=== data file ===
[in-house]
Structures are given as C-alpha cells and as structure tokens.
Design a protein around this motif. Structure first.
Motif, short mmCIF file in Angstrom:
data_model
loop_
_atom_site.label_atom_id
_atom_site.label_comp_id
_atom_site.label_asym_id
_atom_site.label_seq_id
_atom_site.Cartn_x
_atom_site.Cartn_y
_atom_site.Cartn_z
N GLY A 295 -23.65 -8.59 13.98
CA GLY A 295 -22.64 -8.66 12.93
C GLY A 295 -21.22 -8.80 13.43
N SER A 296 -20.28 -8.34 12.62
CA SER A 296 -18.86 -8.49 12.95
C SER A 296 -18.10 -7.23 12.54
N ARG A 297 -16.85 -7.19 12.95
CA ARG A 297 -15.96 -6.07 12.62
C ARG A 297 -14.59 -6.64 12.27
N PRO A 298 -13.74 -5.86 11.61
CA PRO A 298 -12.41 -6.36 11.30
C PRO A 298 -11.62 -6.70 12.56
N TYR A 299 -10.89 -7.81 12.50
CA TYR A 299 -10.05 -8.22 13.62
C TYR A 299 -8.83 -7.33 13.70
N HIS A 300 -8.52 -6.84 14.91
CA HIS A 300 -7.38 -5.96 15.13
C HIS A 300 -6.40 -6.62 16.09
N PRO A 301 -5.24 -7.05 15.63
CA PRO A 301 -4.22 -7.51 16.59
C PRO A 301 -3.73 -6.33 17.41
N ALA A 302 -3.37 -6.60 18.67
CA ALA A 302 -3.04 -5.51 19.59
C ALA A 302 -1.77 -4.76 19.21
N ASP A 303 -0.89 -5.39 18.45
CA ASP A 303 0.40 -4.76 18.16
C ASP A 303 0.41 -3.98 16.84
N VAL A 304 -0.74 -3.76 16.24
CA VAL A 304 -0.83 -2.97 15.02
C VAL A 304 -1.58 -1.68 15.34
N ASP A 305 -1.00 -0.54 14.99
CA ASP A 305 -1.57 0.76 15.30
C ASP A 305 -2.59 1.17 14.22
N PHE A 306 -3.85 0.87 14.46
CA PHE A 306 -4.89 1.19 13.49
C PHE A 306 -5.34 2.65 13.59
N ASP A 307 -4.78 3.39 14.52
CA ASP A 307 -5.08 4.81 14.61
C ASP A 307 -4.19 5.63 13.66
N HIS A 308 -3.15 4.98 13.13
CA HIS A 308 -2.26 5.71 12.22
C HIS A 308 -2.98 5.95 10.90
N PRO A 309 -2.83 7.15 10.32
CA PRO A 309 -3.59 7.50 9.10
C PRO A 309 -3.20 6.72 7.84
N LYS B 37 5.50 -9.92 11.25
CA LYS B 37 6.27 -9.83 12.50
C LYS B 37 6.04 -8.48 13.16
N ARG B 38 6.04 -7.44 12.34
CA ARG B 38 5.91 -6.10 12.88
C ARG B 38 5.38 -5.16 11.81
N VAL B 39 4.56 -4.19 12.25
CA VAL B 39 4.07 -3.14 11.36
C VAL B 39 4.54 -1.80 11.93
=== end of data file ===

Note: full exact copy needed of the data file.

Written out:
[in-house]
Structures are given as C-alpha cells and as structure tokens.
Design a protein around this motif. Structure first.
Motif, short mmCIF file in Angstrom:
data_model
loop_
_atom_site.label_atom_id
_atom_site.label_comp_id
_atom_site.label_asym_id
_atom_site.label_seq_id
_atom_site.Cartn_x
_atom_site.Cartn_y
_atom_site.Cartn_z
N GLY A 295 -23.65 -8.59 13.98
CA GLY A 295 -22.64 -8.66 12.93
C GLY A 295 -21.22 -8.80 13.43
N SER A 296 -20.28 -8.34 12.62
CA SER A 296 -18.86 -8.49 12.95
C SER A 296 -18.10 -7.23 12.54
N ARG A 297 -16.85 -7.19 12.95
CA ARG A 297 -15.96 -6.07 12.62
C ARG A 297 -14.59 -6.64 12.27
N PRO A 298 -13.74 -5.86 11.61
CA PRO A 298 -12.41 -6.36 11.30
C PRO A 298 -11.62 -6.70 12.56
N TYR A 299 -10.89 -7.81 12.50
CA TYR A 299 -10.05 -8.22 13.62
C TYR A 299 -8.83 -7.33 13.70
N HIS A 300 -8.52 -6.84 14.91
CA HIS A 300 -7.38 -5.96 15.13
C HIS A 300 -6.40 -6.62 16.09
N PRO A 301 -5.24 -7.05 15.63
CA PRO A 301 -4.22 -7.51 16.59
C PRO A 301 -3.73 -6.33 17.41
N ALA A 302 -3.37 -6.60 18.67
CA ALA A 302 -3.04 -5.51 19.59
C ALA A 302 -1.77 -4.76 19.21
N ASP A 303 -0.89 -5.39 18.45
CA ASP A 303 0.40 -4.76 18.16
C ASP A 303 0.41 -3.98 16.84
N VAL A 304 -0.74 -3.76 16.24
CA VAL A 304 -0.83 -2.97 15.02
C VAL A 304 -1.58 -1.68 15.34
N ASP A 305 -1.00 -0.54 14.99
CA ASP A 305 -1.57 0.76 15.30
C ASP A 305 -2.59 1.17 14.22
N PHE A 306 -3.85 0.87 14.46
CA PHE A 306 -4.89 1.19 13.49
C PHE A 306 -5.34 2.65 13.59
N ASP A 307 -4.78 3.39 14.52
CA ASP A 307 -5.08 4.81 14.61
C ASP A 307 -4.19 5.63 13.66
N HIS A 308 -3.15 4.98 13.13
CA HIS A 308 -2.26 5.71 12.22
C HIS A 308 -2.98 5.95 10.90
N PRO A 309 -2.83 7.15 10.32
CA PRO A 309 -3.59 7.50 9.10
C PRO A 309 -3.20 6.72 7.84
N LYS B 37 5.50 -9.92 11.25
CA LYS B 37 6.27 -9.83 12.50
C LYS B 37 6.04 -8.48 13.16
N ARG B 38 6.04 -7.44 12.34
CA ARG B 38 5.91 -6.10 12.88
C ARG B 38 5.38 -5.16 11.81
N VAL B 39 4.56 -4.19 12.25
CA VAL B 39 4.07 -3.14 11.36
C VAL B 39 4.54 -1.80 11.93